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Home > John Carpenter’s Vampires (1998): A Review

John Carpenter’s Vampires (1998): A Review

John Carpenter's Vampires

A Western Take on the Vampire Story

            John Carpenter is a household name within the horror genre of cinema, releasing the Halloween (1978) series that would later influence filmmakers through their tones and styles. Even more so does the horror genre pay homage to Carpenter to the eerie, unsettling high pitched musical scores that have been known to leave audiences on the edges of their seats. However, despite this success that lasted around 30 years, John Carpenter’s later work in cinema was not as horrifying to the audiences as those previous films like The Thing (1982) and lacked deeper character development that many fans found intriguing in other films. Sadly is the case for the vampire film made by John Carpenter appropriately titled Vampires, which was released in 1998. The overdone performances from the cast to the aged prosthetic makeup at times looking ridiculous are unredeemable by the vampire lore making this film one of the worst John Carpenter films released.

            Unlike many vampire horror stories, the film Vampires does not take on the edgy vampire role very well. While the characters try to portray this isolation and alienation from society, the actors often try too hard throughout the film, making the audience reject these emotions. The setting of the story probably does not help this “outsider” perspective as it takes place in the Southwest, a place where everyone is an outsider due to distance. The story follows a group of vampire hunters that reside in the Southwest region of the United States. The leader of this group, Jack Crow played by James Woods, is the Vatican’s number one vampire hunter, and he definitely acts like it. However, his rage and obsession through Woods’ facial expressions seem a bit intense at times throughout the film. Crow lives by a strict set of moral regulations all surrounding the art of vampire hunting, from where they should happen to when, he controls everything. Crow does not just hunt for any vampire either, he hunts for the deadliest, most bloodthirsty monsters he can find. One day, the vampire hunters hear of an alleged vampire in search of an ancient Christian relic, said to grant him the ability to wake freely in the daylight. For Crow, this cannot be allowed to happen under any circumstances due to the fact that Valek will viciously murder anyone in his path. The story continues with Valek biting a few people around town to psychically link them for his future attack.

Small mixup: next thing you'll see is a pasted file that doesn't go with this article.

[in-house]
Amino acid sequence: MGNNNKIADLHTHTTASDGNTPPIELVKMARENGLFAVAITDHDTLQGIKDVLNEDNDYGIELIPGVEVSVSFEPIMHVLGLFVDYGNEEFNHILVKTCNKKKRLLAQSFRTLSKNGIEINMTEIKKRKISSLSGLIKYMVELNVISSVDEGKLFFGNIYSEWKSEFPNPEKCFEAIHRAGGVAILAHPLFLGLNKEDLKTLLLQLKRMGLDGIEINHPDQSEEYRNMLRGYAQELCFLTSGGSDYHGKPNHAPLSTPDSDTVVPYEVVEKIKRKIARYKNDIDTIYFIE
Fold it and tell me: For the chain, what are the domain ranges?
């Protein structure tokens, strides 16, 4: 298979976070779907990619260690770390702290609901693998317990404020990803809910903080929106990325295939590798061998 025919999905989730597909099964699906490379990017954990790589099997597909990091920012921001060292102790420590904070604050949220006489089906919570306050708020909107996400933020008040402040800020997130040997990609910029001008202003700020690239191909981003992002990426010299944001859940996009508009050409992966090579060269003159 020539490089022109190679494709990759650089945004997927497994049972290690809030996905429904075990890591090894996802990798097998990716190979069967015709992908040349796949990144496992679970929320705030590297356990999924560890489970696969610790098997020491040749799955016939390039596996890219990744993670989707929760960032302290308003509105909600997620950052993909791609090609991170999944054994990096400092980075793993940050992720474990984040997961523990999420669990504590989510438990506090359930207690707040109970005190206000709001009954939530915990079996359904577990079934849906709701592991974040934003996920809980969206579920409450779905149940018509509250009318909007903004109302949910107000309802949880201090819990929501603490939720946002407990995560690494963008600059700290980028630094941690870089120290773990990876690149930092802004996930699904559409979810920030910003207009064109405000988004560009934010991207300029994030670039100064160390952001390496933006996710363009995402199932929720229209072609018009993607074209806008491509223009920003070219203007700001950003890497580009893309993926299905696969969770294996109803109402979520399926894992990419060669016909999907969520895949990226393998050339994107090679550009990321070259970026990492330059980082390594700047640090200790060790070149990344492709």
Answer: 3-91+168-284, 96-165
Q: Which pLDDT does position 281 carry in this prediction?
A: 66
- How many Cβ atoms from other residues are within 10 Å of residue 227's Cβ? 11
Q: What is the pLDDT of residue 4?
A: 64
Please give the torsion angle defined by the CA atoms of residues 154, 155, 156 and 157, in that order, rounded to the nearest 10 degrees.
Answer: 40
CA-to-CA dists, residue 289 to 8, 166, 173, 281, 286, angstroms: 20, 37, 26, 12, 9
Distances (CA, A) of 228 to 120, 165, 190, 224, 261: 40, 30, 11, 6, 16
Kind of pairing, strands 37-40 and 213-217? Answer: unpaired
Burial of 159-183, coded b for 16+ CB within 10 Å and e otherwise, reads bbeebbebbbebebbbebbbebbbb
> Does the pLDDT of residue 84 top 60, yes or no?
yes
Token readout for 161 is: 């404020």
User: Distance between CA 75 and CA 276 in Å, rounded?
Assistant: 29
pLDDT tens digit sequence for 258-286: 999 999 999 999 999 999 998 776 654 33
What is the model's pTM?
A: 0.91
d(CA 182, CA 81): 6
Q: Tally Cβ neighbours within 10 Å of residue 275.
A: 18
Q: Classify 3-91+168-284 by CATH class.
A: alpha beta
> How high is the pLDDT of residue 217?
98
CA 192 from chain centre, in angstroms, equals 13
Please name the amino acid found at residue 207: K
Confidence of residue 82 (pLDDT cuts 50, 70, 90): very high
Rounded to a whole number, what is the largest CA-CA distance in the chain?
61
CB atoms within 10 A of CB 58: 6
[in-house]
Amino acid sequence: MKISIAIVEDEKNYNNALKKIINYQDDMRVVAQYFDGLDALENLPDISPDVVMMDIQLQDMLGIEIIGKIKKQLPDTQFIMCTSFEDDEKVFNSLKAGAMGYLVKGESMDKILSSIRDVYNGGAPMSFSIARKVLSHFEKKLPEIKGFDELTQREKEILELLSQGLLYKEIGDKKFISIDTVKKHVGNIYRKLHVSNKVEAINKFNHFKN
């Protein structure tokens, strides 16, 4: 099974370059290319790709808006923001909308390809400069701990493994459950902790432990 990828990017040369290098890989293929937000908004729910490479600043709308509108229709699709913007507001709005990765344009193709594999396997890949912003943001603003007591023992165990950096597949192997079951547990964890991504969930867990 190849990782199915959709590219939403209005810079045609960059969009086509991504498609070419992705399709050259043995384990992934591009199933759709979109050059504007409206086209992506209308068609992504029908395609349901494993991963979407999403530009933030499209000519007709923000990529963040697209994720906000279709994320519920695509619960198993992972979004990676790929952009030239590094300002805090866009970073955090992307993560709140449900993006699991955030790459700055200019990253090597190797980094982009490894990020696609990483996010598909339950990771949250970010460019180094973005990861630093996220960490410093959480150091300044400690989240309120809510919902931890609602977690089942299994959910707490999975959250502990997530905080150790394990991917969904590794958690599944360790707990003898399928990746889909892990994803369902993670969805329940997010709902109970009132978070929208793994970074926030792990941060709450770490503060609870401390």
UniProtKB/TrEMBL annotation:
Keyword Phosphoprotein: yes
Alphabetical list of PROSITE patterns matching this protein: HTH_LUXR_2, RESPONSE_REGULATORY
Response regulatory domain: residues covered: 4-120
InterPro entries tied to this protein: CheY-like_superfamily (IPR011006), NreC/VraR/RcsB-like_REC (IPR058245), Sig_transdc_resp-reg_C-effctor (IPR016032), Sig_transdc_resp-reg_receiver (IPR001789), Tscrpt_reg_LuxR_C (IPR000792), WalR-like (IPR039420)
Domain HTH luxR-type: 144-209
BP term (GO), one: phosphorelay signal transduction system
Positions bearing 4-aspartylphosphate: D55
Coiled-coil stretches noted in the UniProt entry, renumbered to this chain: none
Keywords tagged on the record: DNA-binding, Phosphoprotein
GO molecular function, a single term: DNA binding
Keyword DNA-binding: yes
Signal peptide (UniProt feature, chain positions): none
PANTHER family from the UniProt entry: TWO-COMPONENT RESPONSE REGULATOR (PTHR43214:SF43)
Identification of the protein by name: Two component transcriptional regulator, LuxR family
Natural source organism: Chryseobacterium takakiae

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The set of the film is smooth, with the story being told directly to the audience and allowing them to prepare for the actions about to occur on screen, however, the overtones of rebellion and rejection of authority overtake the main themes of vampirism in the film. The attitude of the characters portray this quite clearly with some of the characters even yelling profanities at authority figures throughout the film. However, unlike other John Carpenter films where this attitude works, like the film They Live, Jack Crow rejects authority in all the wrong ways. He is sexist towards female characters throughout the story, frequently slapping Katrina, clearly homophobic towards more feminine male characters, and has a massive disdain for everyone that is not him.

            Despite these negative aspects of the film, it is packed with action and does not leave the audience feeling bored at any time throughout it. While the effects are aged to modern standards of effects, they are still terrific and horrifying. The musical score composed by Carpenter himself is edgy and fitting of the western vibes of the film, leaving the viewers on edge. However, these qualities do not redeem the aged feeling of the film that seems much older than it really is, being released much later in Carpenter’s cinema career. It does make a great addition to a fantasy horror fan collection but will most likely leave psychological horror fans disappointed.

John Carpenter’s Vampires (1998) official trailer

Source: Dead Talk Live

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